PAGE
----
Out With the Old, In With the New
During our morning reading, we stumbled across a nifty little piece from Fortune magazine on major brands that have (somewhat) recently transitioned or “freshened” their well-known logos to something new and different. As a consumer, you have probably “felt,” if not actually seen, these changes during your weekly run to the supermarket. For a group of trademark lawyers, these rebrandings are profoundly fascinating, as it gives us a glimpse into the minds of marketers, and helps us understand how they are perceiving their own brand image as well as the public’s perception of it.
By now, you may have heard the 124th Maine State Legislature recently enacted “An Act to Prevent Predatory Marketing Practices Against Minors.” This law, at least on its face, appears to prohibit both the collection of personal information from a minor for marketing purposes without first having obtained verifiable parental consent as well as the actual marketing to that minor by means of such information acquired without the requisite consent.
- Intellectual Property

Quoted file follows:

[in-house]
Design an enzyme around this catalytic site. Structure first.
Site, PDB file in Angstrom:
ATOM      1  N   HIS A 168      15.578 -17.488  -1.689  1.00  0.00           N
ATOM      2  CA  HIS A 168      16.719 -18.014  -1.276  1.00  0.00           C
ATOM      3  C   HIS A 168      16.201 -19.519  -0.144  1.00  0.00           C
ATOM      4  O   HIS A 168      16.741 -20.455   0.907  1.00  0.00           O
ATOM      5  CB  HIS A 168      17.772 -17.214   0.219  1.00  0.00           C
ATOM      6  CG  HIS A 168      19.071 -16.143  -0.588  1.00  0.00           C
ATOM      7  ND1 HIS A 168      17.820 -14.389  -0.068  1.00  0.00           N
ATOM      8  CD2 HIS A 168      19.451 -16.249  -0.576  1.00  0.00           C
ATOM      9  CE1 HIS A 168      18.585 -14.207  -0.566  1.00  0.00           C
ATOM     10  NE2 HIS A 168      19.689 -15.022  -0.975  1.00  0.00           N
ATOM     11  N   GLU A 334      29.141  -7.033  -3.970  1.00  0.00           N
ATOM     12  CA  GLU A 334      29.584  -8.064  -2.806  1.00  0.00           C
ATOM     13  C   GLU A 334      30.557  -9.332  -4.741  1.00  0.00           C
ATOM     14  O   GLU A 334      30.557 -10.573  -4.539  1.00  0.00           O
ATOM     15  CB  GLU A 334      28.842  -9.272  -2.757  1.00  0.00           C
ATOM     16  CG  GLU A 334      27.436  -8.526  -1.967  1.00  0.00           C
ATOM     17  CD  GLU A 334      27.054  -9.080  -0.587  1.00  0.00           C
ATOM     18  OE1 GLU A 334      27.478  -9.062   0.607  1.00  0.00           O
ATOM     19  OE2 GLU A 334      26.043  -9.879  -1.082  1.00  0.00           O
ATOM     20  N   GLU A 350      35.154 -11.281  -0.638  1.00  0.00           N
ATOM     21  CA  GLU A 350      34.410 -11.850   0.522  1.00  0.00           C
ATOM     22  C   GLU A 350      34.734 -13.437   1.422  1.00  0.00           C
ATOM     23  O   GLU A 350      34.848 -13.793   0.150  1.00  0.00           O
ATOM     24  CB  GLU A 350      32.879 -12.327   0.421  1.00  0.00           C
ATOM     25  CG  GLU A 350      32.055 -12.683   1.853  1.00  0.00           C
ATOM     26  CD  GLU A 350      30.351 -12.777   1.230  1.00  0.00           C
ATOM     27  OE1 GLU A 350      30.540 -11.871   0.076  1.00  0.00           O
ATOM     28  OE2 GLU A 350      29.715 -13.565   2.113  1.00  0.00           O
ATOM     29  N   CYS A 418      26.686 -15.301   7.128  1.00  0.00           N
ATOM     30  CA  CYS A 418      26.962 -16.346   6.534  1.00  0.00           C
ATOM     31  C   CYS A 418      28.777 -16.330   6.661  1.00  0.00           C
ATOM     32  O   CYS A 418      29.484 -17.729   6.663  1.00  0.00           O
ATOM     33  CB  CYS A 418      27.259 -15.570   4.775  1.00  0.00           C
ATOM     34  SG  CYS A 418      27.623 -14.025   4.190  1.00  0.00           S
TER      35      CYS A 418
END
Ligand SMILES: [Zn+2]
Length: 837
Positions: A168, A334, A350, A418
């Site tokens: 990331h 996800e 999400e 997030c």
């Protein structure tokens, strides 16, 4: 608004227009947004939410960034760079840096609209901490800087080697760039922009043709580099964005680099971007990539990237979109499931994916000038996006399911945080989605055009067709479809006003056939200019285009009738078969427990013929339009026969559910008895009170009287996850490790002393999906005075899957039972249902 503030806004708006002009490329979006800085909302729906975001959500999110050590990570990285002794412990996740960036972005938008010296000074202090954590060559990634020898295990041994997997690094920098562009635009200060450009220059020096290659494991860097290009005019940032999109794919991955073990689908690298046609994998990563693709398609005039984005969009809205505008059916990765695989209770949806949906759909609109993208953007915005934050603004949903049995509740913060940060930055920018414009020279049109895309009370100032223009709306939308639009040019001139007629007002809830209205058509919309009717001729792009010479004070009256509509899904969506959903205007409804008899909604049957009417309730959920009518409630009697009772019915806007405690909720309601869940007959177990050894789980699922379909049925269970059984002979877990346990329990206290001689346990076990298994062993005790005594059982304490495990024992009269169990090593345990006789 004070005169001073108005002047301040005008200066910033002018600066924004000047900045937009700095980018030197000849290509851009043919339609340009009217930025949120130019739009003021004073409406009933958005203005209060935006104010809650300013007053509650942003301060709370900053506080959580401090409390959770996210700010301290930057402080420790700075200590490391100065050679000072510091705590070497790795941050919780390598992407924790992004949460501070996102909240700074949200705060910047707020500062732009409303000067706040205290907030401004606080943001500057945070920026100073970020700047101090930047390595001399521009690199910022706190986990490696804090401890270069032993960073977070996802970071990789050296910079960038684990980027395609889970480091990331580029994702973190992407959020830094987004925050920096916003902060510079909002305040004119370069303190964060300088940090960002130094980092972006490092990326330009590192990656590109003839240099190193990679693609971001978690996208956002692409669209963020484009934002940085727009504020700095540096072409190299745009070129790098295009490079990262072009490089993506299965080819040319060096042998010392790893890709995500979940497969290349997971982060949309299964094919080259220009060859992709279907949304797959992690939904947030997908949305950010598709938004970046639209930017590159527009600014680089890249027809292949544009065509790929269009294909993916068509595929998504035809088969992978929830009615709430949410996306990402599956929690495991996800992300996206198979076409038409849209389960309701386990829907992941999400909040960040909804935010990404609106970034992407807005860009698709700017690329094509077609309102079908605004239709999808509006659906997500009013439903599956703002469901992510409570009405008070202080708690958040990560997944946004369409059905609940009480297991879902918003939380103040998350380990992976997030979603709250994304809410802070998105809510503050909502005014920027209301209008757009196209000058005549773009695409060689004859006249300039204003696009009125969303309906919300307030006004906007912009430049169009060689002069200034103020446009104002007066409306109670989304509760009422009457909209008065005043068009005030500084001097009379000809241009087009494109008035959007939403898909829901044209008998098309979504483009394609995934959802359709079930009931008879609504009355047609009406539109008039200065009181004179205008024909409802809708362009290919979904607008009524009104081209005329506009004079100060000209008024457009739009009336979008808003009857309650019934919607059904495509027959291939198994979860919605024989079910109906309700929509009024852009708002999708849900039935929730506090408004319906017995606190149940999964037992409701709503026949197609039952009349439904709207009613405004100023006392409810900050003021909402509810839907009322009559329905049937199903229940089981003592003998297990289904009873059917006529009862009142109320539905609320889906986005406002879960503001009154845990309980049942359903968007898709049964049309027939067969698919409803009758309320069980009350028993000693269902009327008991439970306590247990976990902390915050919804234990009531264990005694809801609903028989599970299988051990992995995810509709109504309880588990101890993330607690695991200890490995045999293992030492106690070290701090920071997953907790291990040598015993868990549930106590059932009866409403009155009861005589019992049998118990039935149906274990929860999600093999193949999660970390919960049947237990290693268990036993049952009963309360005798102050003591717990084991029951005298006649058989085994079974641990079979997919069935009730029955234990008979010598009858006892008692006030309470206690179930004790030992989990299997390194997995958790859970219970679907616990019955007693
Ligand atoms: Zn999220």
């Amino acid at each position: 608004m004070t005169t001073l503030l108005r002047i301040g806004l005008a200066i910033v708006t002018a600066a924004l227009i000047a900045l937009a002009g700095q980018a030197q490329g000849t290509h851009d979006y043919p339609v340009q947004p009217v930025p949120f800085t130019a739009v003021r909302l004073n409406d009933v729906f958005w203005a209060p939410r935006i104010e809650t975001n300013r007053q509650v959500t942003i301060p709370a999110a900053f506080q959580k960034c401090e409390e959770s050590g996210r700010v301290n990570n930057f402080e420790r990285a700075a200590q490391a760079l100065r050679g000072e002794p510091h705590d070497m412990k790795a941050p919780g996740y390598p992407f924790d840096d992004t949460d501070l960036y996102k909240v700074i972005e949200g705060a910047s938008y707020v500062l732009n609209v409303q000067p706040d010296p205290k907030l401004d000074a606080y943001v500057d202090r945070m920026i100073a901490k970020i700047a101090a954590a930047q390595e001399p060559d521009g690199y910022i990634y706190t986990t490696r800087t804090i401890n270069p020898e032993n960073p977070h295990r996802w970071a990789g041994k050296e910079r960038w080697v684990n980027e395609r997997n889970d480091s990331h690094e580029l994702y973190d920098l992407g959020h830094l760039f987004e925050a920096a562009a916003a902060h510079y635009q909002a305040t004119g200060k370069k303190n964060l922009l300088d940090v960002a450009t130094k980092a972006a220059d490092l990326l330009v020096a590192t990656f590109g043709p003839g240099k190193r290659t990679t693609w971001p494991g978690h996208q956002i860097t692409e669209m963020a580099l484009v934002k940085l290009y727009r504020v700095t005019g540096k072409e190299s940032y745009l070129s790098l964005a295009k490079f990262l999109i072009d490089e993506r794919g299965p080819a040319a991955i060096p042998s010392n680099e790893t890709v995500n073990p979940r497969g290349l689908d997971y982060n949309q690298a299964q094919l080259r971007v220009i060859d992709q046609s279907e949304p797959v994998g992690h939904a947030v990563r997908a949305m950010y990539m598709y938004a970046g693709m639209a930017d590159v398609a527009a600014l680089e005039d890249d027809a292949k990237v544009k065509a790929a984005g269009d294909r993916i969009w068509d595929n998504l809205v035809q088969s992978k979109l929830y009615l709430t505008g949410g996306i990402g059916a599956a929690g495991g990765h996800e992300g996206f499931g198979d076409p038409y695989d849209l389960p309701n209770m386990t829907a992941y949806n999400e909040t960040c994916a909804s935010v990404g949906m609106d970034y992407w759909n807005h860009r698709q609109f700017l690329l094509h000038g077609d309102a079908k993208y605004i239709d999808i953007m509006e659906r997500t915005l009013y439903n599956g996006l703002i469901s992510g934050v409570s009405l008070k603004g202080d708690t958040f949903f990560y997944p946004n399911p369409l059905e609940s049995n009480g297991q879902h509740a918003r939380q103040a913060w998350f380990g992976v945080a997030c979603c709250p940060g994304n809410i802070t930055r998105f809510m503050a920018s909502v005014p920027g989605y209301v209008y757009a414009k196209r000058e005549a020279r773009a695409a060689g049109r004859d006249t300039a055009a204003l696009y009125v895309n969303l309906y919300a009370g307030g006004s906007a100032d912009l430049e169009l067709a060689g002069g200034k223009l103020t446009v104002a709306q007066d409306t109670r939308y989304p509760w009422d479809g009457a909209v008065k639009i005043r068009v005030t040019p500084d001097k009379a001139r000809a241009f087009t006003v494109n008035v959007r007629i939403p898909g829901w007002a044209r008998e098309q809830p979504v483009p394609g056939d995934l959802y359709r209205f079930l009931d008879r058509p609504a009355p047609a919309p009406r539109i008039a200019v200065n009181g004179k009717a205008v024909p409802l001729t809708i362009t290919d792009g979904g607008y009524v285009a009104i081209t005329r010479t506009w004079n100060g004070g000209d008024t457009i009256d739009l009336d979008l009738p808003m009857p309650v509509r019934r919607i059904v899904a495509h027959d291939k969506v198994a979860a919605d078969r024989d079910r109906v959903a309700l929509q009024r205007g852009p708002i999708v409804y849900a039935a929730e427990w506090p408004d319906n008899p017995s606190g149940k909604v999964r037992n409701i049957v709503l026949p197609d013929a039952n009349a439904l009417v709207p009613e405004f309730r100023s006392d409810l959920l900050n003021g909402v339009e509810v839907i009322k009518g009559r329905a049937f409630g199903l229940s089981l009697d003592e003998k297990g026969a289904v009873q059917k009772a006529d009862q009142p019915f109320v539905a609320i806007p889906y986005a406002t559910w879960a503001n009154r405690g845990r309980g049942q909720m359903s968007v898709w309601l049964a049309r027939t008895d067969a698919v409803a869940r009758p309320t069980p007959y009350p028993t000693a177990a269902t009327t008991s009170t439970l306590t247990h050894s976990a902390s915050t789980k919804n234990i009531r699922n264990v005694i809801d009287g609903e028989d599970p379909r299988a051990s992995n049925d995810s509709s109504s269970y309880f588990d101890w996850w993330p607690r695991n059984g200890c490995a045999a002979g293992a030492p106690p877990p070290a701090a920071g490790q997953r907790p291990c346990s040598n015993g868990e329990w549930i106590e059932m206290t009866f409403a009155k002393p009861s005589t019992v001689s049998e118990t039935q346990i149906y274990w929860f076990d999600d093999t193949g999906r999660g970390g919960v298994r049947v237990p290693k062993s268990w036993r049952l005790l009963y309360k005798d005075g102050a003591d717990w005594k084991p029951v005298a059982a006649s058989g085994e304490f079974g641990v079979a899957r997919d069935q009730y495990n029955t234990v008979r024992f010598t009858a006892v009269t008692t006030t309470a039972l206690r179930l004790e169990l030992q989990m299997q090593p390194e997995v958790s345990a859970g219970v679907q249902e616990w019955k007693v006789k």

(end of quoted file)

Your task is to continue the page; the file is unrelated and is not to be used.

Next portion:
- Social Media
- Craft Brewing
- Trademark Litigation
- Medical Marijuana
- United States Patent and Trademark Office
- Trademark Trial and Appeal Board
- Registered Trademark
- Federal Trademark
- Amazon's Brand Registry
- Medical Cannabis Dispensaries
- Drug Enforcement Agency
- Uniform Trade Secrets Act
- E-Discovery Case Law
- Regulation Fair Disclosure
- Securities Law
- Securities Regulation
- Generic.com Terms Are Not Per Se Generic
- EU Trademarks Post-Brexit: Now What?
- Don’t end up on The Elf on the Shelf’s naughty list!
- Stay Out of Trouble With the Federal Trade Commission
- "Aloha Poke": Social Media and Consumer Perception are Part of the Trademark Enforcement Equation
- Could Any Old Yahoo Nab Chief Wahoo?
- Trademark Registration Practice is Officially…umm…Well, You’ll See
- Booze is Booze, Right? Not so fast...
- Did A Neural Network Just Solve Craft Brewing's Trademark Problems?
- Enroll in Amazon’s Brand Registry 2.0… But Only if You Own a Registered Trademark